The camera itself is the size of a one-car garage. It’s a life-size camera. Every frame that came out of there was rendered as a Polaroid positive that was 40×80 inches. When they’re framed, they’re 4×9 feet. Every exposure cost $300. It’s processed with big rollers. You squeeze it through the chemistry, then peel the backing off 90 seconds later. It’s the exact same Polaroid film that you would put in a small Polaroid camera.
DPP: How many exposures would you do of each person?
McNally: Generally speaking, one. We had the exposure down. It was a flash exposure, ƒ/45, about 30,000 watt seconds of light with Profoto 2400w/s studio units. The only time I would have to go to a second one would be if someone drifted out of focus or had their eyes closed. Jason Cascone, who was a particularly important individual for the series, has the record with four. He was a probationary firefighter with the FDNY whose first day of work was 9/11, so his story is very interesting. He was given last rites by a Catholic priest, put on a bus and sent to the pit. Now he’s the youngest chief in the history of the New York Fire Department.
DPP: You used studio lights rather than speedlights for this poignant series, obviously because of the power needed.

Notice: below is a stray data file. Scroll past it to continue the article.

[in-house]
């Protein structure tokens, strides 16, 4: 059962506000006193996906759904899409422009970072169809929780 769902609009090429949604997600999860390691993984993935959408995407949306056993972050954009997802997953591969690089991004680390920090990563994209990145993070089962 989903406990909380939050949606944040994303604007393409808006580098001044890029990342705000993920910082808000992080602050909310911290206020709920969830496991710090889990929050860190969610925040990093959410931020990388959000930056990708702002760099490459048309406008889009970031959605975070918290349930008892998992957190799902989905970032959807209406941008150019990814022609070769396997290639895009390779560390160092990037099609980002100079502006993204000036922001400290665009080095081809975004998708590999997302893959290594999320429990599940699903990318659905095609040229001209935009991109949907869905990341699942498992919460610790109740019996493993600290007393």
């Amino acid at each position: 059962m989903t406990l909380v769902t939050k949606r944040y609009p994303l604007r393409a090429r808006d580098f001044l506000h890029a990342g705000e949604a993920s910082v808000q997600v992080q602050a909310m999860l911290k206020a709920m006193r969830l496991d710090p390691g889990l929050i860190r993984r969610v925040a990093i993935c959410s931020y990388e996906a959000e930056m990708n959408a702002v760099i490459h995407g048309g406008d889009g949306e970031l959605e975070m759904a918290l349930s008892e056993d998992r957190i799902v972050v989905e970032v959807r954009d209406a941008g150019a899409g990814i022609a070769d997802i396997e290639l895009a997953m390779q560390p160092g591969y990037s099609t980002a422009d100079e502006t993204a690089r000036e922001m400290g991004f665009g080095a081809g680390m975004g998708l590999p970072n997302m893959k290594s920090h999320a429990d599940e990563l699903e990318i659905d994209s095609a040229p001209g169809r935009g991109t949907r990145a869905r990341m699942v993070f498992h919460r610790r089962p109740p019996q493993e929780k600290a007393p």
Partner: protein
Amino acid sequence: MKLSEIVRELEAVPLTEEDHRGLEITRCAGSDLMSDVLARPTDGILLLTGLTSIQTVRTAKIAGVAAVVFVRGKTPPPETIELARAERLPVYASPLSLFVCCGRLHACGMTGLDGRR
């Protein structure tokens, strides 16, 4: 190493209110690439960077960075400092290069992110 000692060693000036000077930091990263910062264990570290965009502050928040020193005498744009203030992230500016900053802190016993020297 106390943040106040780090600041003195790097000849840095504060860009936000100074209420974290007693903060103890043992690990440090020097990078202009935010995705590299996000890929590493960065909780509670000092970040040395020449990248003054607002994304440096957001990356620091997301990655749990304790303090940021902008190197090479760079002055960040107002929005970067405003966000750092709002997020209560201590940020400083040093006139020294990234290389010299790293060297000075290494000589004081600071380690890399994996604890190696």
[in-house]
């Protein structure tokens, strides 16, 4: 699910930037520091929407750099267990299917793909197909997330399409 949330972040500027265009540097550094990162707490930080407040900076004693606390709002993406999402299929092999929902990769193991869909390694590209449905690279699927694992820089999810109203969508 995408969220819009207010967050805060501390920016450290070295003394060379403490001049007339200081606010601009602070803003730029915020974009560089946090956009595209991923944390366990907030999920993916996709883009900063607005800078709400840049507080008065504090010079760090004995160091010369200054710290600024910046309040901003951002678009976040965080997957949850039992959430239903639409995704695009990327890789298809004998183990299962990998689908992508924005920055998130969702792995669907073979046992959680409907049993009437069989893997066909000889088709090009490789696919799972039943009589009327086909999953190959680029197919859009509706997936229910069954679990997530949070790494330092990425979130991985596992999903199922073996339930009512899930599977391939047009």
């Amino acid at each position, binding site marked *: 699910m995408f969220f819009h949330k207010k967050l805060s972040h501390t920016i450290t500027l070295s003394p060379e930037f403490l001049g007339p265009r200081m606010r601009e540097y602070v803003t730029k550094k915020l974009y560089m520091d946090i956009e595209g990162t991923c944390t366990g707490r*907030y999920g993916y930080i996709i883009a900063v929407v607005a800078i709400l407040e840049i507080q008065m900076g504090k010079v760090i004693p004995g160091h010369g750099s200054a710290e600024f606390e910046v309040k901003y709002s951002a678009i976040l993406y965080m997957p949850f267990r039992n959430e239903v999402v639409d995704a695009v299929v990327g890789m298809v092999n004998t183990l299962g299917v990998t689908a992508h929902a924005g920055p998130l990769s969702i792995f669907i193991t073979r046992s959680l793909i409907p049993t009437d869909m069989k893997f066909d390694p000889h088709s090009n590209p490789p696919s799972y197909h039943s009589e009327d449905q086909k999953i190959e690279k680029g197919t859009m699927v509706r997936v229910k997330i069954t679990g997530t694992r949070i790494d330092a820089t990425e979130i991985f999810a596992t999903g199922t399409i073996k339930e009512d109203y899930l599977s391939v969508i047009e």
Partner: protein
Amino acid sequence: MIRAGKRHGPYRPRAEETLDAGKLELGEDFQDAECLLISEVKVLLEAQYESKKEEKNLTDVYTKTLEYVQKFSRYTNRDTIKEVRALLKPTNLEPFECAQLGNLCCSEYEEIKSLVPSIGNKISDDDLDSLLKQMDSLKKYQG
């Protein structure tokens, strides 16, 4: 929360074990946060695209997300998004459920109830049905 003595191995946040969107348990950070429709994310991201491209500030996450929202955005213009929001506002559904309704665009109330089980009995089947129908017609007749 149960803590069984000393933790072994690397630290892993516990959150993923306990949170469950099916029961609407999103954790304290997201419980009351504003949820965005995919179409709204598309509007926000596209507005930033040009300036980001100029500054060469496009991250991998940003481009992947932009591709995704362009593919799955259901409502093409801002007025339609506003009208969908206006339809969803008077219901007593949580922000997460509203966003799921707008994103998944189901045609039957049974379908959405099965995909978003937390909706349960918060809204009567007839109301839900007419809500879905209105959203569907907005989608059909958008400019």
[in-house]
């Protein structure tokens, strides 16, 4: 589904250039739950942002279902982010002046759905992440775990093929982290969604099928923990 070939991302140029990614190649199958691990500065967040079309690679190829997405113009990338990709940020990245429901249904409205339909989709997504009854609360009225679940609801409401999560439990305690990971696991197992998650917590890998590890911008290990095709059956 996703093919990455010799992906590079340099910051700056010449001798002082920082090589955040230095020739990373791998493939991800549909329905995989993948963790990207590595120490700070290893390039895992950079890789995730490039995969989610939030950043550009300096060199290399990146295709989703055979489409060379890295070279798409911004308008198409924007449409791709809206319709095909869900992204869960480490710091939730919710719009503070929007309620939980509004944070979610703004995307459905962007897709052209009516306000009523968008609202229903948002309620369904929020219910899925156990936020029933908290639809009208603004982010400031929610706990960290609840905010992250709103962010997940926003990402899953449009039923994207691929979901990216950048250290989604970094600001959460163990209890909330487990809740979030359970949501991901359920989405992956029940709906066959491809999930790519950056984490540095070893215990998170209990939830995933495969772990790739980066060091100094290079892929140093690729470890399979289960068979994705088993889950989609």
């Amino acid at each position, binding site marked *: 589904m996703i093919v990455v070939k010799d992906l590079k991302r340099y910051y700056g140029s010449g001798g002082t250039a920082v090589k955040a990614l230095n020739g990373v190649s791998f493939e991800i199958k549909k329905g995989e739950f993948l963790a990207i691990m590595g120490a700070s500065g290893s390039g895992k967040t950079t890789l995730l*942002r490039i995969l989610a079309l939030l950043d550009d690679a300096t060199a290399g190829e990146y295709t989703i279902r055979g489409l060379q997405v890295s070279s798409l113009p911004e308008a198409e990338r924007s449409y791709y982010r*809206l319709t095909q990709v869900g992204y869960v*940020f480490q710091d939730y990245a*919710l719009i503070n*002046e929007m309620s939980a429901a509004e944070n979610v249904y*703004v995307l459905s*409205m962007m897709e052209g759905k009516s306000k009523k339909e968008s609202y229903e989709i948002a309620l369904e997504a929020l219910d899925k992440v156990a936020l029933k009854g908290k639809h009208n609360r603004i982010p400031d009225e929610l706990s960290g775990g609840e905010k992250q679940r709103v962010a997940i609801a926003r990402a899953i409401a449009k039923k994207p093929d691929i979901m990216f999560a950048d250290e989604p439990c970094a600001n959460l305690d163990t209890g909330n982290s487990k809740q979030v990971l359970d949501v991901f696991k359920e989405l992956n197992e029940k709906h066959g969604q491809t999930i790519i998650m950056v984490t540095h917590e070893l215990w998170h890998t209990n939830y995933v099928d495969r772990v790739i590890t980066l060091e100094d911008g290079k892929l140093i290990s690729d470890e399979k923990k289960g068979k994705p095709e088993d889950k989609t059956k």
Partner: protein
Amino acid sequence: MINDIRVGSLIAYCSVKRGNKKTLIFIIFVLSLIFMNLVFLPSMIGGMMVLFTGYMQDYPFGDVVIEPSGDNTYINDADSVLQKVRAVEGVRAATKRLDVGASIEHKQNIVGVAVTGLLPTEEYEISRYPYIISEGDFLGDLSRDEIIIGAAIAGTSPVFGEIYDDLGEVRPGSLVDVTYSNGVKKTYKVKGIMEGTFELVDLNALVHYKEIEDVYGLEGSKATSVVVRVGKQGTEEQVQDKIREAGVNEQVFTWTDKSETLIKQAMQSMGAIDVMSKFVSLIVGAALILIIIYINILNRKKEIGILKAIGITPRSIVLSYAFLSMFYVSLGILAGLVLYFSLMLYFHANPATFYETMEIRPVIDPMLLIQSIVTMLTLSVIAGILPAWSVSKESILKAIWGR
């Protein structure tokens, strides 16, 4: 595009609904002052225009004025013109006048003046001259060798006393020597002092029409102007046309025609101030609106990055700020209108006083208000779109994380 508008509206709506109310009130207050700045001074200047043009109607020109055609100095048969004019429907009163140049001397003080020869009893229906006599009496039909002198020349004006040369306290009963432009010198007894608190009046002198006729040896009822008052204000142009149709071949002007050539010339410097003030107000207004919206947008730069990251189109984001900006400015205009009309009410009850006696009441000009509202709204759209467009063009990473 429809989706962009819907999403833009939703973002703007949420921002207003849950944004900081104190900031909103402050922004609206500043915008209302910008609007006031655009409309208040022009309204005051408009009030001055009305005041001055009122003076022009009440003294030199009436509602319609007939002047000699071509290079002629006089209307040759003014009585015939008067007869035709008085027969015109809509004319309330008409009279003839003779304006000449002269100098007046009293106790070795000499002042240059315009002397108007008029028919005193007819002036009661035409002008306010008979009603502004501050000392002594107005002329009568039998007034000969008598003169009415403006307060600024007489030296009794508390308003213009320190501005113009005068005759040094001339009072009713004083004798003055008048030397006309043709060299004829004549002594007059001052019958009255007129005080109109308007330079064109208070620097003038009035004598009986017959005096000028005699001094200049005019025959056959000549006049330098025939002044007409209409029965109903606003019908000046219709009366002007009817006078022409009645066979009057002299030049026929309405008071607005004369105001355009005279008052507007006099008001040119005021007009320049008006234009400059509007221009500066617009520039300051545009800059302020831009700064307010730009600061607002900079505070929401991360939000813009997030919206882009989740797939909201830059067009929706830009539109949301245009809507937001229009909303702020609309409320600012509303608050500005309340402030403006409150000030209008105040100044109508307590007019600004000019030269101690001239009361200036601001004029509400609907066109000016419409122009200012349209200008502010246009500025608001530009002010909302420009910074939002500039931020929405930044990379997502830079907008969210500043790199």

McNally: My lighting depends on the nature of the job. I use speedlights a great deal, but I also use 2400w/s studio units and location battery units—I use Profoto B1s a great deal. I use all manner of light shapers, from beauty dishes to big octagon softboxes. They’re just tools to achieve hard light, soft light. It’s really about what you’re crafting at that moment in response to a portrait subject or a scene.
As speedlights have grown in popularity, more and more manufacturers have come out with a whole variety of light-shaping tools for them, from small beauty dishes to softboxes. There are also frames that allow you to put multiple flashes into one light shaper, like a big umbrella to ramp up the power. There are a wide range of lighting solutions available.
DPP: You demonstrate many of these at your workshops. How do you get your students to create stronger single images, as well as tell stories with their cameras?